As we move towards the UK Government’s ban on the sale of new diesel and petrol vehicles in 2030, Electric Vehicles (EVs) are becoming more predominant in our everyday lives.
But with so many acronyms around such as OZEV, PHEV, RFID, ICE, OEM, kWh etc, even before you start to try to understand terms like charging, range anxiety, regenerative braking etc, it’s no wonder that many people worry about stepping into the EV arena in the first place.
So let’s try to simplify things by creating a ‘one stop terminology shop’ for all things EV. The first thing to understand is that there are a variety of different types of vehicle that fall under the EV banner. So let’s start with the vehicle basics first.
Vehicle Types and Basics
ICE (Internal Combustion Engine)
This is not an electric vehicle but is your traditional petrol or diesel powered vehicle. Can also be powered by bio fuels or even natural gas. The sale of new ICE vehicles will be banned in the UK from 2030. Hence, the move towards electric vehicles.
EV (Electric Vehicle)
Terminology often used as a catch all term to cover any electrically powered vehicle (BEV, PHEV etc).
BEV (Battery Electric Vehicle)
Also referred to more commonly as an Electric Vehicle (EV). This is a vehicle where the powertrain to drive the wheels is powered solely by the on-board rechargeable battery.
PHEV (Plug In Electric Hybrid)
A vehicle that is a ‘half-way house’ between a BEV and a conventional ICE vehicle. It has a battery to power an electric motor to drive the wheels (with limited range when solely electric) and an internal combustion engine powered by diesel or petrol. The battery can be charged via the engine, through regenerative braking, or via an external mains charging connection.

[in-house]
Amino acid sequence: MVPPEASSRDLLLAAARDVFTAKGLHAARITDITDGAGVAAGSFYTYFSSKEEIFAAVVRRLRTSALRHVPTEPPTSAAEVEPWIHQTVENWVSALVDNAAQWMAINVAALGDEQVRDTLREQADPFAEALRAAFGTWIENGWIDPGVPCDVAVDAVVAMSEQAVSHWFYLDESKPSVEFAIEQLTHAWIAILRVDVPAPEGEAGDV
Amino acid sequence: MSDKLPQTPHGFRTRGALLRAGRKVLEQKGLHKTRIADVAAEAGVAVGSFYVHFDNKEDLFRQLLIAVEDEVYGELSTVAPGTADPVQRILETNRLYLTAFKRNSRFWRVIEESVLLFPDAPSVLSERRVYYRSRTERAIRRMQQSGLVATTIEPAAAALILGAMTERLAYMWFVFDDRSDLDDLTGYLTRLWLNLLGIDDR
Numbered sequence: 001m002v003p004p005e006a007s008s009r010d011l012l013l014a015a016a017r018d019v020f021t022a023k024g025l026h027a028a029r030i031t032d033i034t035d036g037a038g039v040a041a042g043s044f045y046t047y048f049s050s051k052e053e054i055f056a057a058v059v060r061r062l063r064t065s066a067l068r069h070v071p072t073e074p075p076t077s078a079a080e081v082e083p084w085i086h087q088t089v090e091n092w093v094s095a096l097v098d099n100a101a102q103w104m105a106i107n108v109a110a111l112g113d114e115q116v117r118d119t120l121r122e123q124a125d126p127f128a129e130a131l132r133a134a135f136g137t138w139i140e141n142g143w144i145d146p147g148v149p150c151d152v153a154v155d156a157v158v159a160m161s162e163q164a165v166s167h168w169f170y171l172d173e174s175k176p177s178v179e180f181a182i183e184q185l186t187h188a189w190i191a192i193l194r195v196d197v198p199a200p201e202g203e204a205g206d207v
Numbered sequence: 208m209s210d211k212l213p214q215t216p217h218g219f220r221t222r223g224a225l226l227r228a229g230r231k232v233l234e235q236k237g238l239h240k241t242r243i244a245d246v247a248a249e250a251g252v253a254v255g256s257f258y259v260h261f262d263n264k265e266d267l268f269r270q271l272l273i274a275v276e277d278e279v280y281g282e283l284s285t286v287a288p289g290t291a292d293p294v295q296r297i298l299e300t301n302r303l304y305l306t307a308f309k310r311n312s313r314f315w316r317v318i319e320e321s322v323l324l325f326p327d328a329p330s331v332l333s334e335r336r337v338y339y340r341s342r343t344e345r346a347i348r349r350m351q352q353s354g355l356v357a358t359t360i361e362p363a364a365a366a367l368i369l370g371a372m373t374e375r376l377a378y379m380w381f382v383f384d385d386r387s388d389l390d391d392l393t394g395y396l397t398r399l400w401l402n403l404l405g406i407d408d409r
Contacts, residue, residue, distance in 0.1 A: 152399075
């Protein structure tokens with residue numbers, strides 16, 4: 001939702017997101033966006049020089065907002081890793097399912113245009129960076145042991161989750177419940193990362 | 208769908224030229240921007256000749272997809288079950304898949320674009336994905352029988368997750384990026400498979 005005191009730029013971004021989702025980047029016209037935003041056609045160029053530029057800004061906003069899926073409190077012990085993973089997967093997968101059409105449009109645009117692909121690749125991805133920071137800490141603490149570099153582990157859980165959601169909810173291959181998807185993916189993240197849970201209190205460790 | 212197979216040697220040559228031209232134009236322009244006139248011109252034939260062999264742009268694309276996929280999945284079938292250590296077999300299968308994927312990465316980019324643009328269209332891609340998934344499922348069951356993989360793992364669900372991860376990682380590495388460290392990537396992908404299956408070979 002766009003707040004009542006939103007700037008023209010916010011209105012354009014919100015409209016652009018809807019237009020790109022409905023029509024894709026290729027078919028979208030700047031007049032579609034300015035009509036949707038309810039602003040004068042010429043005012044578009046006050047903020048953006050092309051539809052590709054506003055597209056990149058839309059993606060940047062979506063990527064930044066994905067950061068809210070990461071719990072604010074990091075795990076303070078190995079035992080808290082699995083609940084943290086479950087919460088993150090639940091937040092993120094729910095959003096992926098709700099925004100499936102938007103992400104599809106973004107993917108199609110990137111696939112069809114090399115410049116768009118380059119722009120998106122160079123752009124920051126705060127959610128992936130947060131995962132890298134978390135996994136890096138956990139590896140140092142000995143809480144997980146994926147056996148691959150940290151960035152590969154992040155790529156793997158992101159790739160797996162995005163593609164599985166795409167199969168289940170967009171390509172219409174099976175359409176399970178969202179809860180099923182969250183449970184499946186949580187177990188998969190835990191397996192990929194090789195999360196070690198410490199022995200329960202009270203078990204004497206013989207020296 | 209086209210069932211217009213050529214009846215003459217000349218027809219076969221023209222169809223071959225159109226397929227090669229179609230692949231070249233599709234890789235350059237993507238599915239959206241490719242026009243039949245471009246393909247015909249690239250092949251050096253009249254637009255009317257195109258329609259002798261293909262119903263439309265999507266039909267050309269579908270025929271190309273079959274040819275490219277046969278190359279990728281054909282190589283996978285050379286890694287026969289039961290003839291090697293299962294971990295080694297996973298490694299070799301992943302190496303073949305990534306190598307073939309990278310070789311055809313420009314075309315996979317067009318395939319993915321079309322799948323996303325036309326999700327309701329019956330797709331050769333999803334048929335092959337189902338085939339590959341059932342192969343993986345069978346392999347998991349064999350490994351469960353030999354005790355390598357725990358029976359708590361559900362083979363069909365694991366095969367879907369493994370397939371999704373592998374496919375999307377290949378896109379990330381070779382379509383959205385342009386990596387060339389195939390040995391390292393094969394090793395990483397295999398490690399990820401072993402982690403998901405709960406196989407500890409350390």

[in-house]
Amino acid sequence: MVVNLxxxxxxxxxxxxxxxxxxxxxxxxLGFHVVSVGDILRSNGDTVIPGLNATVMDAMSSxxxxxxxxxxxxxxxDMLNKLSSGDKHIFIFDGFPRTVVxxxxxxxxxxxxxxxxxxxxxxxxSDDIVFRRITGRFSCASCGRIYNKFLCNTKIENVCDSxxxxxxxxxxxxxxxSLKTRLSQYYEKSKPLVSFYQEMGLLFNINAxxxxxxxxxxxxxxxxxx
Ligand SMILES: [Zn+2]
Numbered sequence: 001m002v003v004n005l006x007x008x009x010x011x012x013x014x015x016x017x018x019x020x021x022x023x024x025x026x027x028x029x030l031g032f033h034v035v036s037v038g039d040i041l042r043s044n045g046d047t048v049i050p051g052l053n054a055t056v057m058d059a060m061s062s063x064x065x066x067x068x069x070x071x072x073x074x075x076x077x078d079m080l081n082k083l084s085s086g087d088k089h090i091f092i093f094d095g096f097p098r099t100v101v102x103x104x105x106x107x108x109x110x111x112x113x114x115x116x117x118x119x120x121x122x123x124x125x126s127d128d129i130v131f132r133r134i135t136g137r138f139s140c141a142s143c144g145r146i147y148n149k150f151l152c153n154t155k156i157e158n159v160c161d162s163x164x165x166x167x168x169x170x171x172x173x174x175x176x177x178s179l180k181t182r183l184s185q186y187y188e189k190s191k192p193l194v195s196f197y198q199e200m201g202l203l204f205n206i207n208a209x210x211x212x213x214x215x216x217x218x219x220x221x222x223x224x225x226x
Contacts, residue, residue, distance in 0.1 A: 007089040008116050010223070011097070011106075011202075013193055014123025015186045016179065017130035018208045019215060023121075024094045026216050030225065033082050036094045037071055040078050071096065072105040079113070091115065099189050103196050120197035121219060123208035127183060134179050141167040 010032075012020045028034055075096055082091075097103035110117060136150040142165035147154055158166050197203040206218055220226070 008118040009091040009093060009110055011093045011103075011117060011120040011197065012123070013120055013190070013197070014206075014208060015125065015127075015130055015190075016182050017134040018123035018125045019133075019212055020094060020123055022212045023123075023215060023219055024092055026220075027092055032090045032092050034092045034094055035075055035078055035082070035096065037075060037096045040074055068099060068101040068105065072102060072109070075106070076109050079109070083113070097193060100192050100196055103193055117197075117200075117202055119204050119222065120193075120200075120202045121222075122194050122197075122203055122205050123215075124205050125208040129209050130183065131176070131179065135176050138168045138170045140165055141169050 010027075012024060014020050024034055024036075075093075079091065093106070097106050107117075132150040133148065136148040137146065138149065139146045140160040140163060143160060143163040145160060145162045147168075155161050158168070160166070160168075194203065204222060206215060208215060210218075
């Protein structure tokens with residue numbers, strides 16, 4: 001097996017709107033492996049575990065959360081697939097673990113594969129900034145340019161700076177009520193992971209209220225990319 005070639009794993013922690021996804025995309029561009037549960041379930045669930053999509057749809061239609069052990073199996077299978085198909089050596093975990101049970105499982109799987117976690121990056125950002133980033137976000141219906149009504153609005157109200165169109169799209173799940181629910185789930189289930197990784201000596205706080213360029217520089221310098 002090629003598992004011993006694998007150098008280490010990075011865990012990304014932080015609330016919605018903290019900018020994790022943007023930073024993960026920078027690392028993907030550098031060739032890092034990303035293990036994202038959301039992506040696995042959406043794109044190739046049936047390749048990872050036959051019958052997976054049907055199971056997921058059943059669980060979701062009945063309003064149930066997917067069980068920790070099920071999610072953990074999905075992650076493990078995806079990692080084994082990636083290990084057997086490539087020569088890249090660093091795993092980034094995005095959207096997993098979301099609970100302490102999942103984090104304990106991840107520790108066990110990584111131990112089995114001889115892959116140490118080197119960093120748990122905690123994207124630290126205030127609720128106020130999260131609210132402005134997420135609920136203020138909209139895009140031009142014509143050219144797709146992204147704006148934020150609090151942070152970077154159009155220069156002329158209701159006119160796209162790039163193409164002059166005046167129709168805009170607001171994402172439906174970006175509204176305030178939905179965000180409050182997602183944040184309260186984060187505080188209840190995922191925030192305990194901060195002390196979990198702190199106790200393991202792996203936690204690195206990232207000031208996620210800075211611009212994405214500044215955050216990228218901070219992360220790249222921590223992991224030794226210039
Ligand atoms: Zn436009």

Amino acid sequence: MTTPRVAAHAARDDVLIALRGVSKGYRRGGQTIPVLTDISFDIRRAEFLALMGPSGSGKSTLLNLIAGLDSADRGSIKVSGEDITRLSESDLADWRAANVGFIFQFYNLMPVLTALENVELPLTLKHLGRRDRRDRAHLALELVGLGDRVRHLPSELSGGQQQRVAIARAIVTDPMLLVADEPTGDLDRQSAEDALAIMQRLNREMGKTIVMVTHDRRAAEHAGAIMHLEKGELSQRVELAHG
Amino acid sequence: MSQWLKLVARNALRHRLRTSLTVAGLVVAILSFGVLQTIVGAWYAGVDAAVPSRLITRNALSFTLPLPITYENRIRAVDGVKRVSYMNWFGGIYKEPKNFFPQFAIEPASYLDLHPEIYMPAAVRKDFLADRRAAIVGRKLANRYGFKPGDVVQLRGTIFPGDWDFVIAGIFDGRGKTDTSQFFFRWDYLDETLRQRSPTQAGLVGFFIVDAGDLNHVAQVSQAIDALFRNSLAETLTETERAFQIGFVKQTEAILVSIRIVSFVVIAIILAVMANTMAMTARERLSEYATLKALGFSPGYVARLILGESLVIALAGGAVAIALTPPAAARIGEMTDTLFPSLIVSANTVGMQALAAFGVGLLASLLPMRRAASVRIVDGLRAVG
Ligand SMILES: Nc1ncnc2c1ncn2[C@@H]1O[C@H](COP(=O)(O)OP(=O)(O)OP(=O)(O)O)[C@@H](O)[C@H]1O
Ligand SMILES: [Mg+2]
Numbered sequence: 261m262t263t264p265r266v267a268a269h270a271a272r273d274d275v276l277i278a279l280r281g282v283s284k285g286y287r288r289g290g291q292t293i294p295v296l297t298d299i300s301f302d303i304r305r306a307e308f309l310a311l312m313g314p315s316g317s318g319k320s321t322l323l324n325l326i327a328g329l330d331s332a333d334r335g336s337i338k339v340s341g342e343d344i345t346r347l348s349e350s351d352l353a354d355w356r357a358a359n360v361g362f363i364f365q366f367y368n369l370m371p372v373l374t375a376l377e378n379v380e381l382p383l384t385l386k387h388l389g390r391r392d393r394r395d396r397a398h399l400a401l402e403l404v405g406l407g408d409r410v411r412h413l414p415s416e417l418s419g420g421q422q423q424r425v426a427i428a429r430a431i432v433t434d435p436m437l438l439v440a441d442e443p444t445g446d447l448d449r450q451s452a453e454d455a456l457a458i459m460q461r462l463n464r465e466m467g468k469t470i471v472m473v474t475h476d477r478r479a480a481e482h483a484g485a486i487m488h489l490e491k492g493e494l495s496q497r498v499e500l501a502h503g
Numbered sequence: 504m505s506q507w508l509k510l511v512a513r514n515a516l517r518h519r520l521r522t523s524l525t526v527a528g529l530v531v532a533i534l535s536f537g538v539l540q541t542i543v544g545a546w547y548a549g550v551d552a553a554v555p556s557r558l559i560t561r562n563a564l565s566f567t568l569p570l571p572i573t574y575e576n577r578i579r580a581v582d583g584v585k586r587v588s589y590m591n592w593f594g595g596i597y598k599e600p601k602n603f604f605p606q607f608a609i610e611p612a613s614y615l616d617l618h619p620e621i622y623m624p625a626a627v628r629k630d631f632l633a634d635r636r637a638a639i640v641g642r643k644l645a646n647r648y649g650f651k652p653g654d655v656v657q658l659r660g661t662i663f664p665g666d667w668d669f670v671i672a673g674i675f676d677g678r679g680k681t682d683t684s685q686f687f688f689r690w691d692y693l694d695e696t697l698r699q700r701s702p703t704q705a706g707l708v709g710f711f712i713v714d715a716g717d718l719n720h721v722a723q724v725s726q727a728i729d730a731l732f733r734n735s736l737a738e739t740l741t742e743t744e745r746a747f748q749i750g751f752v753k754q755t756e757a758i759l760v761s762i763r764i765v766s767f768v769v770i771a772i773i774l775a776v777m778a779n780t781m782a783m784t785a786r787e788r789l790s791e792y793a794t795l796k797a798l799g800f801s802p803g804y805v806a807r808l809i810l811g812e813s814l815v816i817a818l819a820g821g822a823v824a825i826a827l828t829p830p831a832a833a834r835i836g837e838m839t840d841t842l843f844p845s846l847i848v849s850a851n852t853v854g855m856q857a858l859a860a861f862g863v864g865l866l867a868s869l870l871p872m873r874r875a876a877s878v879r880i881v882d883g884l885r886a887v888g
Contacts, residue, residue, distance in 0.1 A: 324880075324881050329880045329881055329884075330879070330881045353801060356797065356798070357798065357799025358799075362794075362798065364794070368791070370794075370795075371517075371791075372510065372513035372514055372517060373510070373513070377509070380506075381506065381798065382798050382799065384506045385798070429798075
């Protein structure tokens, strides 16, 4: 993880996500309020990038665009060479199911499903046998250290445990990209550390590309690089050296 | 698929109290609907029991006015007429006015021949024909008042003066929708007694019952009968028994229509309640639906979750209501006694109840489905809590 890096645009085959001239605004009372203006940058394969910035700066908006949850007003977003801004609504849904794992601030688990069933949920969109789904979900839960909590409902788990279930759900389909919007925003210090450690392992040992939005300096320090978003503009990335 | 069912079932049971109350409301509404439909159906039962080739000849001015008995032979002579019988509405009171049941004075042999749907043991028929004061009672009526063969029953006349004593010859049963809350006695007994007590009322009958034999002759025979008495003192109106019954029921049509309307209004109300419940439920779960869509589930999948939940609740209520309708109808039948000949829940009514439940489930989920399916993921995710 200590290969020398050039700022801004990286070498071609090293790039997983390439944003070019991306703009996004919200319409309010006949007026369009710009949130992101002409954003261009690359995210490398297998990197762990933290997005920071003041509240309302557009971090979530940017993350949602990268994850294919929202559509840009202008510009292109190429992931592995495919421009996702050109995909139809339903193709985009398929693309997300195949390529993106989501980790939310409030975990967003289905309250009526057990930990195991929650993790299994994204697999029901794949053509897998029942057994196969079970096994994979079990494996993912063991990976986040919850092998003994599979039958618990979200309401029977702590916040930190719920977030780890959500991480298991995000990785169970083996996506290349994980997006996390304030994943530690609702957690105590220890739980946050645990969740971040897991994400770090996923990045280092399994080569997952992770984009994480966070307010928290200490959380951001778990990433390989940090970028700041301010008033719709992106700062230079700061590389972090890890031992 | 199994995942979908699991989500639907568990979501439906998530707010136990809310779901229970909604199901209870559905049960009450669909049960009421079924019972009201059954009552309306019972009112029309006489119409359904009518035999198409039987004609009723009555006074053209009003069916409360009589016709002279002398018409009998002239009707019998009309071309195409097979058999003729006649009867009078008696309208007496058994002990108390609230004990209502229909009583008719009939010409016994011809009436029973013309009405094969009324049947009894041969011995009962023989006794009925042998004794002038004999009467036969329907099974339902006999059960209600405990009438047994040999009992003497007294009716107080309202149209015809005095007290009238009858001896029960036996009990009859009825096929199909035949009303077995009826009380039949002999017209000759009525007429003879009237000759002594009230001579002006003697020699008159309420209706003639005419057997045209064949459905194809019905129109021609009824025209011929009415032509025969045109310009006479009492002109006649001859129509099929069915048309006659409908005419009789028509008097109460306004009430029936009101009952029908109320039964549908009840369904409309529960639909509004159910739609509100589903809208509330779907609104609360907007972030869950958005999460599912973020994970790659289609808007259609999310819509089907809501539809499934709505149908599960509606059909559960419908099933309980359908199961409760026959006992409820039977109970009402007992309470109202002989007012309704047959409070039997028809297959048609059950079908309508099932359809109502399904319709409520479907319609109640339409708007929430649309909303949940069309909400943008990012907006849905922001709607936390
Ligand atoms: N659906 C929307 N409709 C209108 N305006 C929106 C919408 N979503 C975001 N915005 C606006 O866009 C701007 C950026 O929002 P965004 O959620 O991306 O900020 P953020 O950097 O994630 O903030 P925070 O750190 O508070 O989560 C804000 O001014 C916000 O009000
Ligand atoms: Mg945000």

HEV (Hybrid Electric Vehicle)
This is powered by a combination of an internal combustion engine with one or more electric motors driven by batteries. The car selects the best power source (petrol / diesel or battery) dependant on your driving conditions. They combine the benefits of high fuel economy and low tail pipe emissions with the power and range of a conventional ICE vehicle. The battery is total self-contained and cannot be charged externally.
A term developed by marketing people to describe a HEV or Hybrid electric vehicle. These have a very small battery and an electric motor, with the battery being charged via the ICE.
MHEV (Mild Hybrid Electric Vehicle)
This is similar to a HEV, but with a smaller battery, which won’t have enough power to drive the EV alone. The battery is solely there to provide assistance to the ICE to perform more economically.